Public Release: 

Physical abuse may raise risk of suicidal thoughts

University of Toronto

TORONTO, ON -Adults who were physically abused during childhood are more likely than their non-abused peers to have suicidal thoughts, according to a new study from the University of Toronto.

The study, published online this month in the journal Suicide and Life-Threatening Behavior, found that approximately one-third of adults who were physically abused in childhood had seriously considered taking their own life. These rates were five times higher than adults who were not physically abused in childhood. The findings suggest that children exposed to physical abuse may be at greater risk for suicidal behaviours in adulthood.

Investigators examined gender specific differences among a sample of 6,642 adults, of whom 7.7 per cent reported that they had been physically abused before the age of 18. They found that a strong association between childhood physical abuse and subsequent suicidal behaviours remained even after taking into account other known risk factors, such as adverse childhood conditions, health behaviours and psycho-social stressors.

"This research provides important new knowledge about the enduring effects of abuse in childhood," says lead author Esme Fuller-Thomson, Sandra Rotman Chair at University of Toronto's Factor-Inwentash Faculty of Social Work and Department of Family and Community Medicine. "The findings have important clinical implications for healthcare providers, suggesting the need to screen for suicidal ideation among adults who have experienced childhood physical abuse and highlighting the importance of providing preventive treatment to childhood abuse survivors."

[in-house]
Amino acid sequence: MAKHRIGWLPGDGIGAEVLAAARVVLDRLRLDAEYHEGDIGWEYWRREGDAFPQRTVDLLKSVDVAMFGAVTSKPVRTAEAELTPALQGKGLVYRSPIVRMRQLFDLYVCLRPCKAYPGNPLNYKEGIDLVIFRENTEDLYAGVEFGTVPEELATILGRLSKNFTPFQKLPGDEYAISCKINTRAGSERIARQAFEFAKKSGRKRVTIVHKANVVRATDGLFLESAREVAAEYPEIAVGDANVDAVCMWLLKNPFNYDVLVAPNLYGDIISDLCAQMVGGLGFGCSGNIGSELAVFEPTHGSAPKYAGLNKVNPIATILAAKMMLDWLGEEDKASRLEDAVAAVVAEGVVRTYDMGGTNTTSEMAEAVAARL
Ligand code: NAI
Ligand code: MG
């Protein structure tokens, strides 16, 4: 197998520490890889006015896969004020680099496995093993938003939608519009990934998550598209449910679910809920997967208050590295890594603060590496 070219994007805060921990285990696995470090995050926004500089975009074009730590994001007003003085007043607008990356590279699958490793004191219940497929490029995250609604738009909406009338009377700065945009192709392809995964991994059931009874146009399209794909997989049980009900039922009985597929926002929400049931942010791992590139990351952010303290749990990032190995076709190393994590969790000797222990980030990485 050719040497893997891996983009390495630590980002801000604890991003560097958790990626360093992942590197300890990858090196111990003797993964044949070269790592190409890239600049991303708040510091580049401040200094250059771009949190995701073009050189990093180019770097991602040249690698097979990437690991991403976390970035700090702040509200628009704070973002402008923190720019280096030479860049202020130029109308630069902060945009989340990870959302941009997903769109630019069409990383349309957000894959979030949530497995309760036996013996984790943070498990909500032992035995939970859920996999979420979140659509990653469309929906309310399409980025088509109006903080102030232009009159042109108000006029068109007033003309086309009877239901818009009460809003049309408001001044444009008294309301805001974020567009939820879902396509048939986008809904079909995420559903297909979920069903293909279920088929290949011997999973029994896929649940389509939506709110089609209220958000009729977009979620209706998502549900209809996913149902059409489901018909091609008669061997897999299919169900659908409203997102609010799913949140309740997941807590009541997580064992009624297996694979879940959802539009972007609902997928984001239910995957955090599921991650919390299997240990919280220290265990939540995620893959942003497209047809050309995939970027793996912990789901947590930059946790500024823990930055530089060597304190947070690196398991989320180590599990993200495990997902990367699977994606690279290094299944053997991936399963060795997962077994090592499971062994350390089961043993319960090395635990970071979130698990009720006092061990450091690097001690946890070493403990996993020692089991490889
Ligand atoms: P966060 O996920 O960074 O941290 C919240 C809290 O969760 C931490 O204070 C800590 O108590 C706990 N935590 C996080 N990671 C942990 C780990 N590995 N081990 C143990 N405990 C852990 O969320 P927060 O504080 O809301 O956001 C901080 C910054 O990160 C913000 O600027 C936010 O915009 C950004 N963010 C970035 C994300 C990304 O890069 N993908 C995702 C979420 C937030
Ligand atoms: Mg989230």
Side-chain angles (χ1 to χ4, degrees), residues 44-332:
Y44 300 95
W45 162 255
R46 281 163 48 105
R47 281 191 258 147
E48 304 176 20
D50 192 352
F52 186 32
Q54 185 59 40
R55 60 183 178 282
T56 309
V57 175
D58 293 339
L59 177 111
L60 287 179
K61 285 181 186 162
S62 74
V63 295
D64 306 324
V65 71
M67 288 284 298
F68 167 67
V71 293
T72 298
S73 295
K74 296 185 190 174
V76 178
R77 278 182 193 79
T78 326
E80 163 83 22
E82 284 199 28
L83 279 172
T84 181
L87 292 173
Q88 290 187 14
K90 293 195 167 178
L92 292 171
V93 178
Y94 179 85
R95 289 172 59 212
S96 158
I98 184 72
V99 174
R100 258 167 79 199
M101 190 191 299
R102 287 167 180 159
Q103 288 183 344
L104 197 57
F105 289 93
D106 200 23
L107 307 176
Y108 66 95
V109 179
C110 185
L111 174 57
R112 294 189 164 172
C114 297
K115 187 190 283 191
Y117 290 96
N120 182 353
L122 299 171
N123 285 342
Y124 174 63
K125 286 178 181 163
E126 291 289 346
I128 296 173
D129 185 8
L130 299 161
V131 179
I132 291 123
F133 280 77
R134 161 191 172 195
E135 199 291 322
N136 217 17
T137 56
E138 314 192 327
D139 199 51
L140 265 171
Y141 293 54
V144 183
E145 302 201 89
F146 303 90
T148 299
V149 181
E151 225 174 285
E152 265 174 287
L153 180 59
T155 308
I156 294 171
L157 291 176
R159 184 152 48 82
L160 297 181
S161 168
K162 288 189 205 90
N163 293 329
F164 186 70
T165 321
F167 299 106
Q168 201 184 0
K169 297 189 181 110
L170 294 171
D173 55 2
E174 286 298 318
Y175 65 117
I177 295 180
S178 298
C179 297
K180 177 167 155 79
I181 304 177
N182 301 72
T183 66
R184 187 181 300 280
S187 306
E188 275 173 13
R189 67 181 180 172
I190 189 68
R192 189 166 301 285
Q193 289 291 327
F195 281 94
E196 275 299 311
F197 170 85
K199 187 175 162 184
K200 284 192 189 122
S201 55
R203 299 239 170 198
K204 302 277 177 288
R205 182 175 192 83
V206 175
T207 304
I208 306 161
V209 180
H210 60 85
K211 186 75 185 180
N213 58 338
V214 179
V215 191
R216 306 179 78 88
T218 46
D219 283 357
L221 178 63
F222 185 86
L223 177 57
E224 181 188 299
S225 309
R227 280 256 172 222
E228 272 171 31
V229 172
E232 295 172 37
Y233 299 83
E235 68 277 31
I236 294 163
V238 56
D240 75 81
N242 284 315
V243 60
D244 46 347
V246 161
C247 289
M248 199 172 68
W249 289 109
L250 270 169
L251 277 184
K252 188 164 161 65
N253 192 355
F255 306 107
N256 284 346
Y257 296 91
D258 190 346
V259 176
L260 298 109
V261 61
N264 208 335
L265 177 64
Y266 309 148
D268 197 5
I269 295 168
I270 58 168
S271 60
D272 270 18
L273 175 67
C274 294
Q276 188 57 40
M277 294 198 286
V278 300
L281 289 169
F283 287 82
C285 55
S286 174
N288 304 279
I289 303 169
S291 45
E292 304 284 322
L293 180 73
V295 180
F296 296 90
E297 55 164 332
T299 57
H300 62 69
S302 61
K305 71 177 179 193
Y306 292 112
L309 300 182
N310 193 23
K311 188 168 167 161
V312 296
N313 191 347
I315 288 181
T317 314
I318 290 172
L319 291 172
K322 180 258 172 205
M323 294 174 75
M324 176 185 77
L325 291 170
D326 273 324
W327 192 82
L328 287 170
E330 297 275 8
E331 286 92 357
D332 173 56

The findings open up further areas of research. Previous studies have theorized that habituation to high levels of pain and fear through childhood abuse may contribute to adults' ability to inflict injury or harm on themselves. Recent research suggests suicide may have developmental origins relating to abuse - that physical or sexual abuse may lead to changes in the stress reponse in the brain which increase the risk of suicidal thoughts and behavior .

Co-author Tobi Baker, a former graduate student at the University of Toronto, notes that "one important avenue for future research is to investigate the bio-psycho-social mechanisms through which childhood physical abuse may translate into suicidal behaviours."


For more information, please contact:

Esme Fuller-Thomson(Study lead author)
Professor & Sandra Rotman Chair
Factor-Inwentash Faculty of Social Work
University of Toronto
416 209-3231

Joyann Callender
University of Toronto
Media Relations

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